Another Denbighshire town of great significance to the culture of Wales is Llangollen , where every July an international Eisteddfod takes place. You won’t be able to catch that in May of course, but its other attractions should draw you to the place anyway: there is a fine preserved steam (and some diesel) railway that runs from Llangollen; the medieval bridge is one of the Seven Wonders of Wales (or alternatively one of the three beauties of Wales), not to be missed, likewise Valle Crucis Abbey , the long disused Cistercian foundation here.

The county is easily reached by road, with the A55 striking across the North Wales coast to Rhyl and Prestatyn, the A525 running through the Vale of Clwyd to link with many of the other main towns, or the A5 wending westwards from Telford and the end of the M54 to reach Llangollen and the southern parts of the district. Information Britain has a wealth of accommodation options in Denbighshire, in the places named above and several others with their own sights and pleasures.

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Previous destinations of the month:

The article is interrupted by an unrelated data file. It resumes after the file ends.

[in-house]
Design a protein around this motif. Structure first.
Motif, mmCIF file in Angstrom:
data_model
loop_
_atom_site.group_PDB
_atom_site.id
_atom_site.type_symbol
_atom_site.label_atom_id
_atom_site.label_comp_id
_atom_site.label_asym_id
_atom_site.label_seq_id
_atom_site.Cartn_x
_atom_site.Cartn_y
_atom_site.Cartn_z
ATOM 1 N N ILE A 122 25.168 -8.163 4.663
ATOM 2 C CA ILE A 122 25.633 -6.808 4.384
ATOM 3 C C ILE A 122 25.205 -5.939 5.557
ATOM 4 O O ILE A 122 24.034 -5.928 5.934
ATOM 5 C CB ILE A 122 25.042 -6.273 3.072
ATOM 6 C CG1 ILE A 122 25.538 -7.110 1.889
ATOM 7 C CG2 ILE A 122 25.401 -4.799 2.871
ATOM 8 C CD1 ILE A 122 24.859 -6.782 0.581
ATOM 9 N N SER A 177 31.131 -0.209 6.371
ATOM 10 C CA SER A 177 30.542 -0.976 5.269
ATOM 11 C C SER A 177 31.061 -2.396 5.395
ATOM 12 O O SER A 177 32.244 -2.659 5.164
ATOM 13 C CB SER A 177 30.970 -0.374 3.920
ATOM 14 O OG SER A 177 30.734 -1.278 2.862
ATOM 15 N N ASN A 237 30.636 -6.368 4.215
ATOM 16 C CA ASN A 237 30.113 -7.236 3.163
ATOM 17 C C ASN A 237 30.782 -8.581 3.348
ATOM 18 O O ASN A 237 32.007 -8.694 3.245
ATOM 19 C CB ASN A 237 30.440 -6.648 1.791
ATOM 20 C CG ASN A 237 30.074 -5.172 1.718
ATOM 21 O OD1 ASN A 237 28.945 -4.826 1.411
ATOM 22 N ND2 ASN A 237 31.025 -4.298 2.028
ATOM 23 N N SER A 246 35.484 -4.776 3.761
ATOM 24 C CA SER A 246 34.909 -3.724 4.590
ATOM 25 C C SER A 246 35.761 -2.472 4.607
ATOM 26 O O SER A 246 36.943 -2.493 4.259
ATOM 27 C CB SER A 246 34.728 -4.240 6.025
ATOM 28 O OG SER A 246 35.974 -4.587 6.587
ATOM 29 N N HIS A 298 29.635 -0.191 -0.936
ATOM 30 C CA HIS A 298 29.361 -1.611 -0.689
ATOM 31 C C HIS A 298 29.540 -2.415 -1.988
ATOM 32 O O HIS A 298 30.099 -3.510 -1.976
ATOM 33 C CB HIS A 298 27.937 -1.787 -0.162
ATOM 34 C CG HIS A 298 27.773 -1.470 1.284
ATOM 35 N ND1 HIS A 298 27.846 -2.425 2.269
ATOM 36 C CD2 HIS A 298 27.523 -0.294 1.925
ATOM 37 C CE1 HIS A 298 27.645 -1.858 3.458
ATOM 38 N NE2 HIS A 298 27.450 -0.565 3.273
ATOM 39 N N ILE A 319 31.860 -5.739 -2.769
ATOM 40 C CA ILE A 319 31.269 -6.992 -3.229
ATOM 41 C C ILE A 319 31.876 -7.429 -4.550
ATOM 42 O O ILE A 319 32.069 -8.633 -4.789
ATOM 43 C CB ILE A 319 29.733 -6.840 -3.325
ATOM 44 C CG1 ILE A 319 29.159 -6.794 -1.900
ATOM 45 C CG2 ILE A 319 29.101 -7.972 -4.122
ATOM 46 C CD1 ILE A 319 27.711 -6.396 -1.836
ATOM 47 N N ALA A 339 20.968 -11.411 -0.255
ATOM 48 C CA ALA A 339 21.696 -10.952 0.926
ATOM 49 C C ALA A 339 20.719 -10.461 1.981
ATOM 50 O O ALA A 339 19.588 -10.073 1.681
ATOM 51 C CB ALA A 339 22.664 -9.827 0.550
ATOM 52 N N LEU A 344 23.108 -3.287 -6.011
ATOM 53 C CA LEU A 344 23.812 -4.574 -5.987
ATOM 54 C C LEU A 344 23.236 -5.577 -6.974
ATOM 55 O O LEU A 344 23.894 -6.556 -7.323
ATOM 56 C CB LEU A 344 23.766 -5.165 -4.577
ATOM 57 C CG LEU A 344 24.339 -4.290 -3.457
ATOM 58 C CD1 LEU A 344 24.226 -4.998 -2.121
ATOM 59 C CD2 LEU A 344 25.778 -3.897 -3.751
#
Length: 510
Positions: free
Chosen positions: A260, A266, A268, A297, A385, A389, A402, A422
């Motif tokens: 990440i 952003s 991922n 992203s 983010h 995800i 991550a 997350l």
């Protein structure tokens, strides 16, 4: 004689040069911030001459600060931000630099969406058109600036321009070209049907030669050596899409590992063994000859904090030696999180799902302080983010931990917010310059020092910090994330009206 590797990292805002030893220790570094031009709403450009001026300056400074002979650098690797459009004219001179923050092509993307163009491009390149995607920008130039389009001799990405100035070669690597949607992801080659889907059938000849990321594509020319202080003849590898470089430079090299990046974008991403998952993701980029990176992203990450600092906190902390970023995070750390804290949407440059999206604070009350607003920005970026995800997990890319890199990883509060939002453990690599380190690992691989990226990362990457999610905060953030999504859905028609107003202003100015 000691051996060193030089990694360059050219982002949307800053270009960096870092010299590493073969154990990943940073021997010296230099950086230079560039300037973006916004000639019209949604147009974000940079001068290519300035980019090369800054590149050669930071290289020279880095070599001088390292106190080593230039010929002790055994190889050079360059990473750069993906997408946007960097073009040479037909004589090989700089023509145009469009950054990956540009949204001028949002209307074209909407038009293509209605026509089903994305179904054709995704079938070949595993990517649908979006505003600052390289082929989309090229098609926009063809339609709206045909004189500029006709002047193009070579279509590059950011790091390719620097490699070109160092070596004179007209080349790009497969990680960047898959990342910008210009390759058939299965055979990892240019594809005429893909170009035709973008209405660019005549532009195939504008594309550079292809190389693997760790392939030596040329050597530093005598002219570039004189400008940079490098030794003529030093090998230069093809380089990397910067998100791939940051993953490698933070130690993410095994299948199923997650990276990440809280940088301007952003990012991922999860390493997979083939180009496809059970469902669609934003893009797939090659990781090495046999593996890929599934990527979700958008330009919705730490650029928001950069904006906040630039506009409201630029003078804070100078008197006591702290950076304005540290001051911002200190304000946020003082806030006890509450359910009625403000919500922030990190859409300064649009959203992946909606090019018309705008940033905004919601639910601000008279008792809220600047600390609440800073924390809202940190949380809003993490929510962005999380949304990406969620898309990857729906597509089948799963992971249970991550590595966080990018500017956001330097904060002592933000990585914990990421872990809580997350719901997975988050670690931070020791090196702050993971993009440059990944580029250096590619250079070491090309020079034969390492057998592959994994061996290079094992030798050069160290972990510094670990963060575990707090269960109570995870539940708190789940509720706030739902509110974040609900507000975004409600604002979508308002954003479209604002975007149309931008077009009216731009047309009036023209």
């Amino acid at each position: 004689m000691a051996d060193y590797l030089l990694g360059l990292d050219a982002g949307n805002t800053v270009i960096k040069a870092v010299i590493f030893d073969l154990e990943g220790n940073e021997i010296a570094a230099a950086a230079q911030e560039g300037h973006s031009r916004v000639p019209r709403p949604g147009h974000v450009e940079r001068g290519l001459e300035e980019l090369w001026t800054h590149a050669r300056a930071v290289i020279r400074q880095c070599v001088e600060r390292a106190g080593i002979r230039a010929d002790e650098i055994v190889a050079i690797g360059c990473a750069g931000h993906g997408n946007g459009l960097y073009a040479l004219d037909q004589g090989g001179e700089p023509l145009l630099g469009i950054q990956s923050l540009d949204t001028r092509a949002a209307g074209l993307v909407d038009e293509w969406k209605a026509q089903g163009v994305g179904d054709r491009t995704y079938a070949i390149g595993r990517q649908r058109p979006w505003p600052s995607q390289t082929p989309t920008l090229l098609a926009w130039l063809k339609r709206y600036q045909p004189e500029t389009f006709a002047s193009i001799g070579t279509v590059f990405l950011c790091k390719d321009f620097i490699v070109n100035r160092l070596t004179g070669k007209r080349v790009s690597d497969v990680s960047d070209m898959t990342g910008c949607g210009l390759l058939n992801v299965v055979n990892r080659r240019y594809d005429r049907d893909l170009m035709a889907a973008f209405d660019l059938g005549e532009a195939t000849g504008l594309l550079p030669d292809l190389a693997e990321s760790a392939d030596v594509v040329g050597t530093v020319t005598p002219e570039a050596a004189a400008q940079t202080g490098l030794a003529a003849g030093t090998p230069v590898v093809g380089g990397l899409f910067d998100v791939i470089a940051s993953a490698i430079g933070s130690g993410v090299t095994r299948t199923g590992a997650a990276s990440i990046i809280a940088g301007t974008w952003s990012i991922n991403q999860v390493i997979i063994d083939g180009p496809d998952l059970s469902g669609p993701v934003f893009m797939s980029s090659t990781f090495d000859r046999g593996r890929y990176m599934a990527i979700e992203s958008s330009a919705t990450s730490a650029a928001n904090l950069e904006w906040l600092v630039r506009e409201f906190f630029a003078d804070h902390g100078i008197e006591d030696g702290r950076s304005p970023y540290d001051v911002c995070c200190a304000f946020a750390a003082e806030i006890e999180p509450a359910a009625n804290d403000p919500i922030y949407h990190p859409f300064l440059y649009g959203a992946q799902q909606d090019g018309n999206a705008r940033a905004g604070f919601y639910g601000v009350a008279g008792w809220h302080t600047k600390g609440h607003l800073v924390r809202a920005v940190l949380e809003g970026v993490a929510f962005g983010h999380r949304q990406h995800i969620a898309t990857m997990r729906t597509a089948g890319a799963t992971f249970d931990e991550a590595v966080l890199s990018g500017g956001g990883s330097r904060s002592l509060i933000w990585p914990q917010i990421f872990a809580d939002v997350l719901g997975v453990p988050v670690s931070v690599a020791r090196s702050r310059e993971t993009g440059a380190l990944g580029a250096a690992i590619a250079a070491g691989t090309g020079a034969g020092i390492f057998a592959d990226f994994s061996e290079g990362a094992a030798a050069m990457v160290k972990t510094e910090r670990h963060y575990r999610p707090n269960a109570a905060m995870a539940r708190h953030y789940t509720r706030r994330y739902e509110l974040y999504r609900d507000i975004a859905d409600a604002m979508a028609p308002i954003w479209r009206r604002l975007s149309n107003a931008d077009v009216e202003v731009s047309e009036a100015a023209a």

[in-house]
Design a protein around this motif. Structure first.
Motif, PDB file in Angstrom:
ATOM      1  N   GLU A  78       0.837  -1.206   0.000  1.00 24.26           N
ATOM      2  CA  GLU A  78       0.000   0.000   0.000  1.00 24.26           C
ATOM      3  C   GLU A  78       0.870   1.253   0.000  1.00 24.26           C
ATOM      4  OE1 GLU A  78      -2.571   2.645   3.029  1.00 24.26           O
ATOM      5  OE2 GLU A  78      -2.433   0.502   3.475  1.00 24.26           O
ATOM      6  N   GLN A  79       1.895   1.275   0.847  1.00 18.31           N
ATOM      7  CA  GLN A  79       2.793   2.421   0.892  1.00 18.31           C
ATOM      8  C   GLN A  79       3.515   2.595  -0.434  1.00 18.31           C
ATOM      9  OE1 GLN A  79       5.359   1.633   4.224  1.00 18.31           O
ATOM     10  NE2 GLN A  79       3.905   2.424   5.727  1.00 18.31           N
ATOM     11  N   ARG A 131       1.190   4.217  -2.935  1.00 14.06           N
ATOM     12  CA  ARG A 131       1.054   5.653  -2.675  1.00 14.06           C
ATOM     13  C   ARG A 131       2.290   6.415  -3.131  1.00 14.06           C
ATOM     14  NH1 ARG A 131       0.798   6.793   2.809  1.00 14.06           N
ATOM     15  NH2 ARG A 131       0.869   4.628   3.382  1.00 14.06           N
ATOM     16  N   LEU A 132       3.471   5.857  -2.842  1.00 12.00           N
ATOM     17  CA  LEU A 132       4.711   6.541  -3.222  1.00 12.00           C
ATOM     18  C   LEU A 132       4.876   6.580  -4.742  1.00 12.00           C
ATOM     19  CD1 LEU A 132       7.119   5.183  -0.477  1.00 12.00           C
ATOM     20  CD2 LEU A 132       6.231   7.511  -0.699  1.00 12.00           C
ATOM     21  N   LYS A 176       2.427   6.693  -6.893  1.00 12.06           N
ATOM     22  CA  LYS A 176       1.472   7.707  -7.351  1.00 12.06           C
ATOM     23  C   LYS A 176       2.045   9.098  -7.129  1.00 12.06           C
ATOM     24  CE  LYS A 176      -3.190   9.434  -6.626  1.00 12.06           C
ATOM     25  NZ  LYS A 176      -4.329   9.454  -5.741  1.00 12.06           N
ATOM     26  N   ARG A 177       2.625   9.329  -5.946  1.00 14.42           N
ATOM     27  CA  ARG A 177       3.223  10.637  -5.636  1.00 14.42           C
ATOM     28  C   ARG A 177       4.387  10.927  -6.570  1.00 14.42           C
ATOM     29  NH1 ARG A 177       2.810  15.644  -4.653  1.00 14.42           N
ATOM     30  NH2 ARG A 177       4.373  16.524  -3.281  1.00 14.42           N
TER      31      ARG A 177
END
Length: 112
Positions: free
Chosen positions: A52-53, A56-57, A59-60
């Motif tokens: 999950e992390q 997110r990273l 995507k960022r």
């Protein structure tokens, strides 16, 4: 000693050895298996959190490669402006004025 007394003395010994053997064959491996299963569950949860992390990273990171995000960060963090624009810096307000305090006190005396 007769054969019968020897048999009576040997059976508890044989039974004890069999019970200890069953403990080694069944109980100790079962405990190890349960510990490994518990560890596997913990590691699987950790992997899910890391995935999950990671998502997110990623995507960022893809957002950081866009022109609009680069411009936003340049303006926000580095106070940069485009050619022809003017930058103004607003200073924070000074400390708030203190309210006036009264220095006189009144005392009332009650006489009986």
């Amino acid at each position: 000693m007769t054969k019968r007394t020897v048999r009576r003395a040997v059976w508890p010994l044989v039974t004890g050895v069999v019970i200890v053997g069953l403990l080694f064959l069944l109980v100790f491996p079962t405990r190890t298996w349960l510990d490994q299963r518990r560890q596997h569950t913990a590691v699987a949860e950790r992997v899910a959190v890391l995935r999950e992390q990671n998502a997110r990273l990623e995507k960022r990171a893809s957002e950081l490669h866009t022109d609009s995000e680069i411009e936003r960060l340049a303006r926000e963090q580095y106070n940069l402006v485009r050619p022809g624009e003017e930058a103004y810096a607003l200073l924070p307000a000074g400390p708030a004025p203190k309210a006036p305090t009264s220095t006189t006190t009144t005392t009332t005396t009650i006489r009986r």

Starry Starry Night, Look You – Dark Skies Tourism, South Wales | Mills and Hills in Central Lancashire, Lancashire | Get Fit on the North York Moors, North Yorkshire | A West Country Christmas – Dorset in December, Dorset | Nottinghamshire – Rural and Urban, Nottinghamshire | The Test Valley, Hampshire | Ashdown Forest, Sussex | The Rugged Northumberland Coast , Northumberland | The Resorts of North Devon, Devon | The Queen's London, London | Denbighshire , North Wales | York and Its Surrounds, North Yorkshire | The High Weald of Kent, Kent | Leisure, Luxury and Retail Heaven in Leeds , West Yorkshire | Rejuvenate Yourself in Rejuvenated Belfast , Belfast | Seasonal Fun in Brum, West Midlands | Autumn in the Southern Chilterns, Buckinghamshire | Cheshire Peaks and Plains, Cheshire | Essex’s Colne Valley, Essex | Cardigan Bay, West Wales | South Wales Valleys, South Wales | Highland Perthshire, Perthshire | South Downs National Park, Sussex | Royal Wedding London, London | Vale of Belvoir, Leicestershire | The Oxfordshire Cotswolds, Oxfordshire | Huntingdonshire, Cambridgeshire | Edinburgh at Christmas, Edinburgh and the Lothians | Marvellous Manchester, Greater Manchester | The National Forest, Derbyshire | East Lothian, Edinburgh and the Lothians | Regency Brighton and Hove, Sussex | Isle of Purbeck, Dorset | The Somerset Levels, Somerset | Llandudno, North Wales | Hereford, Herefordshire | Cheltenham, Gloucestershire | Bristol, the Great West City, Bristol | Weardale, County Durham | Festive London, London | Islay, Isle of Islay | Blackpool and the Lancashire Coast, Lancashire | The Vale of Evesham, Worcestershire | Land of the Prince Bishops, County Durham | The North Cornwall Coast, Cornwall | Torbay, Devon | Dumfries & Galloway, Dumfries and Galloway | West Highland Way, Argyll | Caithness and Sutherland, Highlands | Harrogate & its Surrounds, North Yorkshire | Sheffield, South Yorkshire